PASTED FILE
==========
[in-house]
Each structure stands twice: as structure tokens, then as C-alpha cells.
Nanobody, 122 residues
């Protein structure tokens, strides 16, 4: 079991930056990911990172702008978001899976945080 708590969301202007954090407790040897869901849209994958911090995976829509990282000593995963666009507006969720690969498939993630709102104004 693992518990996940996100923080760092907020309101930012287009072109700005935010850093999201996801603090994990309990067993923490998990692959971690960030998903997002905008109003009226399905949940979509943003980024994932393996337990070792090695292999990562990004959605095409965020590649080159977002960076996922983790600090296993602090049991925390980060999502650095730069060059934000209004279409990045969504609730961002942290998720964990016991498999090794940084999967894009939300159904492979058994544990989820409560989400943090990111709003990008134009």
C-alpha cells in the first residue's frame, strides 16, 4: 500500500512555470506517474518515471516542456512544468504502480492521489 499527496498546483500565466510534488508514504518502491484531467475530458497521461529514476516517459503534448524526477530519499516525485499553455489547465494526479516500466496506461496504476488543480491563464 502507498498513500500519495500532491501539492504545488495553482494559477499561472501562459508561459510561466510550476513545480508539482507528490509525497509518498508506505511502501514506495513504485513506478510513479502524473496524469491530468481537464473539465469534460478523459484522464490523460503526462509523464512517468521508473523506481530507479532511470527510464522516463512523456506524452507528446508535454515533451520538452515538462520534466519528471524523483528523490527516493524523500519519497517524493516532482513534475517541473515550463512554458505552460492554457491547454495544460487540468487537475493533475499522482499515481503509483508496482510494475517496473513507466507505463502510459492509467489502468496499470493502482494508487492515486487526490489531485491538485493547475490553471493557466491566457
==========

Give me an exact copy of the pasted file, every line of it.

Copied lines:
[in-house]
Each structure stands twice: as structure tokens, then as C-alpha cells.
Nanobody, 122 residues
């Protein structure tokens, strides 16, 4: 079991930056990911990172702008978001899976945080 708590969301202007954090407790040897869901849209994958911090995976829509990282000593995963666009507006969720690969498939993630709102104004 693992518990996940996100923080760092907020309101930012287009072109700005935010850093999201996801603090994990309990067993923490998990692959971690960030998903997002905008109003009226399905949940979509943003980024994932393996337990070792090695292999990562990004959605095409965020590649080159977002960076996922983790600090296993602090049991925390980060999502650095730069060059934000209004279409990045969504609730961002942290998720964990016991498999090794940084999967894009939300159904492979058994544990989820409560989400943090990111709003990008134009």
C-alpha cells in the first residue's frame, strides 16, 4: 500500500512555470506517474518515471516542456512544468504502480492521489 499527496498546483500565466510534488508514504518502491484531467475530458497521461529514476516517459503534448524526477530519499516525485499553455489547465494526479516500466496506461496504476488543480491563464 502507498498513500500519495500532491501539492504545488495553482494559477499561472501562459508561459510561466510550476513545480508539482507528490509525497509518498508506505511502501514506495513504485513506478510513479502524473496524469491530468481537464473539465469534460478523459484522464490523460503526462509523464512517468521508473523506481530507479532511470527510464522516463512523456506524452507528446508535454515533451520538452515538462520534466519528471524523483528523490527516493524523500519519497517524493516532482513534475517541473515550463512554458505552460492554457491547454495544460487540468487537475493533475499522482499515481503509483508496482510494475517496473513507466507505463502510459492509467489502468496499470493502482494508487492515486487526490489531485491538485493547475490553471493557466491566457